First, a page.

Travel Blog 8: Smells Like Green Spirit
Most architecture is older than the people who live both inside and around it. But what does it do to those same modern people to exist in a modern context among structures built for a time well before they came around?
Bordeaux is one of those places that life continues on through the hollowed-out hive of structures built well over 300 years ago. I imagine them like ants, having burrowed in and made holes for their many boutique shops, bistros and cafes. The city center is a UNESCO world heritage site for its blanket of lingering 17th and 19th century architecture. Yet, Bordeaux is like an egg. The outer ring of the city bears a skyline full of cranes and construction, building up the city’s outer shell. Those new buildings are like so many of our current age, stark, grey, modernist, glass and steel. They will become apartments and office spaces, more bland operations.
The inner part of the city, the old town, bends around the Gironde River in one big parabolic frontage, like one giant panorama of unbroken history. This is the yolk of the city, where the heart lies. It’s a shame that gold is full of small shops dedicated to tourists like me. It must have been a strange time for the locals just a year ago, when their town was devoid of travelers. This city was for them only. Now us tourists clog the streets as one great mass. So many don’t wear masks even when walking in such crowds. Pandemic? What pandemic?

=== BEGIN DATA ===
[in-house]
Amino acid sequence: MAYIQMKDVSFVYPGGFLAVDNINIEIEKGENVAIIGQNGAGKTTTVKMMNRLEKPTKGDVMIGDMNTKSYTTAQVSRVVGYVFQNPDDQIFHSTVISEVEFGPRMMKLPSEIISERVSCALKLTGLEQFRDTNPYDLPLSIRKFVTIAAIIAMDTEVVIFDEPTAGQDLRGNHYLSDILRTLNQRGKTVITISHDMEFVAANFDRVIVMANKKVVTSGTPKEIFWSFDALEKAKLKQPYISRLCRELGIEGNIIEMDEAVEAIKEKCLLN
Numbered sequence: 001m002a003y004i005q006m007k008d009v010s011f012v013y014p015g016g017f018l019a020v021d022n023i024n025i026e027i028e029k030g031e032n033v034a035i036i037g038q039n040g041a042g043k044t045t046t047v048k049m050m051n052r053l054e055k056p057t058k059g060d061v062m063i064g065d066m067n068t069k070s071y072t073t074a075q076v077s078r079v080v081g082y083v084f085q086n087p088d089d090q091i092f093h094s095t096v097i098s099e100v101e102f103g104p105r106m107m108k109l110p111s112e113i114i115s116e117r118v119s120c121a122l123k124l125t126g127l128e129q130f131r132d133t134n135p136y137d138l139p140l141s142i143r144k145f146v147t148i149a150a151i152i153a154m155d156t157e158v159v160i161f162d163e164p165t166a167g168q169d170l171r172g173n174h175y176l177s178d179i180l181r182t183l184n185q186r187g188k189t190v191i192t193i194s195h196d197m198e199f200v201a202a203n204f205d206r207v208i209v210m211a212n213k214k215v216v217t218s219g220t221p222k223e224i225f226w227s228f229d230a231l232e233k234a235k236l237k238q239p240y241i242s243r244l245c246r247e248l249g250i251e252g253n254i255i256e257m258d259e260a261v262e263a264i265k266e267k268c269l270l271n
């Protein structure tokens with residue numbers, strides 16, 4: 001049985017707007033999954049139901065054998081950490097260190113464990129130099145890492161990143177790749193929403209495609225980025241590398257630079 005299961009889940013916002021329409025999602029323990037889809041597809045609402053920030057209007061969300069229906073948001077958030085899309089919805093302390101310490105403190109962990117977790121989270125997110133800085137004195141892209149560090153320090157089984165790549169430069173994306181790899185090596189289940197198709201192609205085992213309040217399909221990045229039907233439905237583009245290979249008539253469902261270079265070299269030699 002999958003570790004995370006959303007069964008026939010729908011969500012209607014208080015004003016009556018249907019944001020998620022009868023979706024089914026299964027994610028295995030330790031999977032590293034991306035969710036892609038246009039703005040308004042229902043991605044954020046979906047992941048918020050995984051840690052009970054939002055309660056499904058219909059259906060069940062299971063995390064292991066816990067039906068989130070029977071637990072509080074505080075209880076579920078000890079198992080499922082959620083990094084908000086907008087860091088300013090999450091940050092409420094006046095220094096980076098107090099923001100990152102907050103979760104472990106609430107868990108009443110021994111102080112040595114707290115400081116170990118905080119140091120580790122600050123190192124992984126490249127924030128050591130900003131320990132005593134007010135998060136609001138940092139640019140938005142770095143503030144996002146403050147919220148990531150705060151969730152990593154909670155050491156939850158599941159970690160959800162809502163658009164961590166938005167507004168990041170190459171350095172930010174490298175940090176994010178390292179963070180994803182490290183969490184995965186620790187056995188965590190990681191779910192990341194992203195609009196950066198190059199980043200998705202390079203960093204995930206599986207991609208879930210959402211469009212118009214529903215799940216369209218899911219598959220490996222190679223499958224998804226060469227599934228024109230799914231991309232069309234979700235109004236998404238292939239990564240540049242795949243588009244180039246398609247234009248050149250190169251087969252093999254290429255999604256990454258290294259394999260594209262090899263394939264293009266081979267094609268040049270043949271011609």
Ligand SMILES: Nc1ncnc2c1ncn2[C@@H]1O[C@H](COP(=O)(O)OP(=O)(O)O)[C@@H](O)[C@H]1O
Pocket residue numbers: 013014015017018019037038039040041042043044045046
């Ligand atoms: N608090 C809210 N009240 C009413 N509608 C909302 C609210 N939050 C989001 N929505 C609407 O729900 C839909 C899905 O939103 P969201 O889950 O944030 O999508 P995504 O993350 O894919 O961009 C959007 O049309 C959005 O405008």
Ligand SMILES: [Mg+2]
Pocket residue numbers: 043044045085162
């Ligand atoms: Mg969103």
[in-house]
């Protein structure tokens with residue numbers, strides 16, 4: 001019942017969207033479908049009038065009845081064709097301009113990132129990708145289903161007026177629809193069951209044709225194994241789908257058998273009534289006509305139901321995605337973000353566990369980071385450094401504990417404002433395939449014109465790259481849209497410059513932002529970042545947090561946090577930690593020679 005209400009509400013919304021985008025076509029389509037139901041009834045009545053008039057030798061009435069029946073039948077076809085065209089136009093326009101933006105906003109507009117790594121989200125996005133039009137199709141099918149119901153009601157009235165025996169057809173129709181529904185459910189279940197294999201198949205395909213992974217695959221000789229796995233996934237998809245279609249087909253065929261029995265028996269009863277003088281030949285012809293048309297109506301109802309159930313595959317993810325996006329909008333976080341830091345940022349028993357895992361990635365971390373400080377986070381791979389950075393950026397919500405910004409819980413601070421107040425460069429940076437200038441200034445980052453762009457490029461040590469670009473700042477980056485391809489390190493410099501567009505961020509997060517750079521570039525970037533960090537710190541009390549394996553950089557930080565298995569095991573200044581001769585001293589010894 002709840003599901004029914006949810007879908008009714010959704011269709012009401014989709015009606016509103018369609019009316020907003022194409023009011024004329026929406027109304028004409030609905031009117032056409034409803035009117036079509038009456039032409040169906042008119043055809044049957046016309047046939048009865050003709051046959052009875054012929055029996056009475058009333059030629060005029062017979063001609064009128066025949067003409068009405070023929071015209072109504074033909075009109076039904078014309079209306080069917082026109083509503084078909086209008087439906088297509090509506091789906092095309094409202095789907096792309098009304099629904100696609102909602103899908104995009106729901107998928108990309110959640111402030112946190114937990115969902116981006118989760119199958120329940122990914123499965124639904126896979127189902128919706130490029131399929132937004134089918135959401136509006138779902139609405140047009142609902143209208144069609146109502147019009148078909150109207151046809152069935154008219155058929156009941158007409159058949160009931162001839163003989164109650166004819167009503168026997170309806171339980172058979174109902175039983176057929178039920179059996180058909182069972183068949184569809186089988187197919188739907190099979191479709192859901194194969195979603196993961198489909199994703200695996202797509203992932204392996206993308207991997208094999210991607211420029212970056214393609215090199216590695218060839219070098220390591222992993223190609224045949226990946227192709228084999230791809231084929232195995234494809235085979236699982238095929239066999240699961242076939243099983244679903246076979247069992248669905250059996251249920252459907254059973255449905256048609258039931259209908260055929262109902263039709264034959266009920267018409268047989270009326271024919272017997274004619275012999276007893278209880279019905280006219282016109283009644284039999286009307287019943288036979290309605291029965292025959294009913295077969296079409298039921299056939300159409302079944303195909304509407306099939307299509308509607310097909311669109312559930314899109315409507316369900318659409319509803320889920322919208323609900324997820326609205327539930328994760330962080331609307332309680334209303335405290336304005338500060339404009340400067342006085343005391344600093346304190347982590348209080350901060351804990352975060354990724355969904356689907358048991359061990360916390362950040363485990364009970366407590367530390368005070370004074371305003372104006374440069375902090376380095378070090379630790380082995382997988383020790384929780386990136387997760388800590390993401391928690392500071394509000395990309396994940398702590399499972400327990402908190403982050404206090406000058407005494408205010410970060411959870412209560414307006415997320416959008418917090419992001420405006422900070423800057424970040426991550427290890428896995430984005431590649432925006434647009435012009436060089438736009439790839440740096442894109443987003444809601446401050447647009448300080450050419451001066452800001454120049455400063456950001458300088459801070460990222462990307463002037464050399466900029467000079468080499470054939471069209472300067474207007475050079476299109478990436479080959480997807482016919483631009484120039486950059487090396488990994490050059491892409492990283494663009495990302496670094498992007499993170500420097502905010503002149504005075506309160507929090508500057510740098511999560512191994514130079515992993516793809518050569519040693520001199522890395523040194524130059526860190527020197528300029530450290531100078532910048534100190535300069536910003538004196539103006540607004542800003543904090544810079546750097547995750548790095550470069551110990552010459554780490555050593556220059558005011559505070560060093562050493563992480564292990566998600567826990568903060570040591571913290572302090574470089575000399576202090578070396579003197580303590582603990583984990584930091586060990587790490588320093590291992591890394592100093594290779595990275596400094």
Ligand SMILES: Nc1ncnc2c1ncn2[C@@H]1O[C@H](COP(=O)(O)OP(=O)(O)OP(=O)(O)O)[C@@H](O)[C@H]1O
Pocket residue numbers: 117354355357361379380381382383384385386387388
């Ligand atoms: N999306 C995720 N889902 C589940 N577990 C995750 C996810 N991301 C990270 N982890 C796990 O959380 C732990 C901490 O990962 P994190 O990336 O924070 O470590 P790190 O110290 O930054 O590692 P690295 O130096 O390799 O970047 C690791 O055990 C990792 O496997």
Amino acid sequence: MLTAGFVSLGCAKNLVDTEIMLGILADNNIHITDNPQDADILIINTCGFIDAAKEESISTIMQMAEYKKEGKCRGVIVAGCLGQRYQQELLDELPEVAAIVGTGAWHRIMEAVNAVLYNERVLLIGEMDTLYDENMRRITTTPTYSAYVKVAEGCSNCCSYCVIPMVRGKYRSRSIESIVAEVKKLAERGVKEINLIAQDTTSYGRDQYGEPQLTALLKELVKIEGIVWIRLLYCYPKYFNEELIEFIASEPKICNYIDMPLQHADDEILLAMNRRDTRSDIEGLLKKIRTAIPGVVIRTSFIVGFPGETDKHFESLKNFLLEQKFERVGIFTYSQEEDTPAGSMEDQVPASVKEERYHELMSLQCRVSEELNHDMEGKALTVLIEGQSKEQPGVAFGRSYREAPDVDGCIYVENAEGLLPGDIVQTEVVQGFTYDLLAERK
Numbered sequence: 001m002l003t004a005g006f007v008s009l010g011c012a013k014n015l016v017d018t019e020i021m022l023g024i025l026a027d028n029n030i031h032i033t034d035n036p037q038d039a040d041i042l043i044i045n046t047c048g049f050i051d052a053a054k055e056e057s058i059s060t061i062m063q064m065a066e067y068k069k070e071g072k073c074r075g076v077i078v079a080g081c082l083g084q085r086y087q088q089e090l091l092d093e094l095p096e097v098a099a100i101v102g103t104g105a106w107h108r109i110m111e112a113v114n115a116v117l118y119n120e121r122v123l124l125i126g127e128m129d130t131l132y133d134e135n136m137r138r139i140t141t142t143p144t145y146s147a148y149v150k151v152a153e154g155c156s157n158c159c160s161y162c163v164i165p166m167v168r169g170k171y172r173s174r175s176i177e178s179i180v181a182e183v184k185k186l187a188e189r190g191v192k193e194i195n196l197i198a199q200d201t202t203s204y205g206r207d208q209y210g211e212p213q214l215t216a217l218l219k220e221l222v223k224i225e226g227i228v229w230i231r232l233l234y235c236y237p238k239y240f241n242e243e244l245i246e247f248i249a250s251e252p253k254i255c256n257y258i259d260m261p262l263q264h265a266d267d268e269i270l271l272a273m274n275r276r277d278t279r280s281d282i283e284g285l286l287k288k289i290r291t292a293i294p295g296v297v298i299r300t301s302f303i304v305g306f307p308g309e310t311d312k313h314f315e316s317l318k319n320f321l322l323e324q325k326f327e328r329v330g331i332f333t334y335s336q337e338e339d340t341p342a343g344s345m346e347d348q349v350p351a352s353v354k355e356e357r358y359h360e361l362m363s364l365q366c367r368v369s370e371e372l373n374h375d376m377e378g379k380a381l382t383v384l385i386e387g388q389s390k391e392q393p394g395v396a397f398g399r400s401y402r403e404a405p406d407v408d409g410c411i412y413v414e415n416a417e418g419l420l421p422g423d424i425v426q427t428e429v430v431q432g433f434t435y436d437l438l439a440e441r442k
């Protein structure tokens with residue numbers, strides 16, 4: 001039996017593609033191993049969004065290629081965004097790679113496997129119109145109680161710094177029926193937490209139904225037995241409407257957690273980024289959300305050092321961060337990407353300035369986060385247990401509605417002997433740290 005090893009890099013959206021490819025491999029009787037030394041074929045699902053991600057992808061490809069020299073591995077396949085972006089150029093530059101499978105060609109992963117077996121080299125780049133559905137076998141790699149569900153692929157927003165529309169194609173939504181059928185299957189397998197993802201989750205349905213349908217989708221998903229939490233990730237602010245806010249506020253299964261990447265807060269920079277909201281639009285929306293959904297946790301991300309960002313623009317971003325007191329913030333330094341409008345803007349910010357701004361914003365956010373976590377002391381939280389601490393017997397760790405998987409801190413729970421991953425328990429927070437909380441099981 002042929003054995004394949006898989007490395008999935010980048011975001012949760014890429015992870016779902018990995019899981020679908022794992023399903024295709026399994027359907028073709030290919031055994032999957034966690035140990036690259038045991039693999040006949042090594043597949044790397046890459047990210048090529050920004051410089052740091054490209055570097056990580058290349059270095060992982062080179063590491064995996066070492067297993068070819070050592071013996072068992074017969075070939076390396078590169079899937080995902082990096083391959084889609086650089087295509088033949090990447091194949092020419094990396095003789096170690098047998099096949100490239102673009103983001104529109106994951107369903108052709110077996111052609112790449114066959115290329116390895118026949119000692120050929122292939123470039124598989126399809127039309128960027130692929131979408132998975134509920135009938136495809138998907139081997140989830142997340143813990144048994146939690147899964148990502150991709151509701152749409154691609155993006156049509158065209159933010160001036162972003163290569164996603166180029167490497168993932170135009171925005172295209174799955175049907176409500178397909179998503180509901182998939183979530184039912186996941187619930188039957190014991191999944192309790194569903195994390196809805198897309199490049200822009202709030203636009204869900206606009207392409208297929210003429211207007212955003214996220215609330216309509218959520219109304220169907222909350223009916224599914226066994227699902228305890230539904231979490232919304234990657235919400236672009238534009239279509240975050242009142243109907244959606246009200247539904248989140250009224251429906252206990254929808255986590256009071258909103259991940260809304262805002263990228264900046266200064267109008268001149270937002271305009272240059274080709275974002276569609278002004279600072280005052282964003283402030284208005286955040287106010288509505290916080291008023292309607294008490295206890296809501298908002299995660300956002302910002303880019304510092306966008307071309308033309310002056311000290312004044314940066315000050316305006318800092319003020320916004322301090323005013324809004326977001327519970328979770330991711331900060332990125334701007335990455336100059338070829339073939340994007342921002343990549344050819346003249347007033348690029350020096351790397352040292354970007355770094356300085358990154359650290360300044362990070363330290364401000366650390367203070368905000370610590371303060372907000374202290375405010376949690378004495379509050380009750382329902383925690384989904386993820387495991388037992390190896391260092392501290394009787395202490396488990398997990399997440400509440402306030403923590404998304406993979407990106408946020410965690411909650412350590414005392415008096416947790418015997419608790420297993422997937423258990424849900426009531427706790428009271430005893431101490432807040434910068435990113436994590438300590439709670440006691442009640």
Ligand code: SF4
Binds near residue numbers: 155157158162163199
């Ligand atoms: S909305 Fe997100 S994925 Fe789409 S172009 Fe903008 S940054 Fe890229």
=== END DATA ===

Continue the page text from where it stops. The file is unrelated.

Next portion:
But more on colors. The Gironde River appears silver on a dull, cloudy day. When the sunlight breaks through, the river becomes brown, just a shade lighter than Willie Wonka’s chocolate river. It’s the color of the dirt below.
Perspective is like that, where the brightness and tenor shifts upon the light. The mind hangs itself on particular emotions, lets them color everything and everyone. Being alone, I wonder what that does for my perspective. How does solitude color the world? I’ve eaten French patisserie for the first time, and I can appreciate the flavor, the texture, the colors, but without being able to share the experience verbally with those closest to me, the taste seems to fall from my mouth like there’s a leak in the bottom of my palette. Thoughts come to mind, sit there, mature, then die like grapes unpicked from the vine.
I had my taste of Bordeaux wine, first from the Cite du Vin, a modern wine museum in Bordeaux I would describe best as a Hershey World but for wine, or even more similar, for those who’ve been there, the Guiness factory in Dublin. Similar to the latter, you spend a pretty penny for some cutesy descriptions of wine’s history and wine making, then you are guaranteed a single glass of the fabled drink and from a high point. I burnt the tip of my tongue on some morning coffee, so I drank my wine with a certain numbness in my mouth.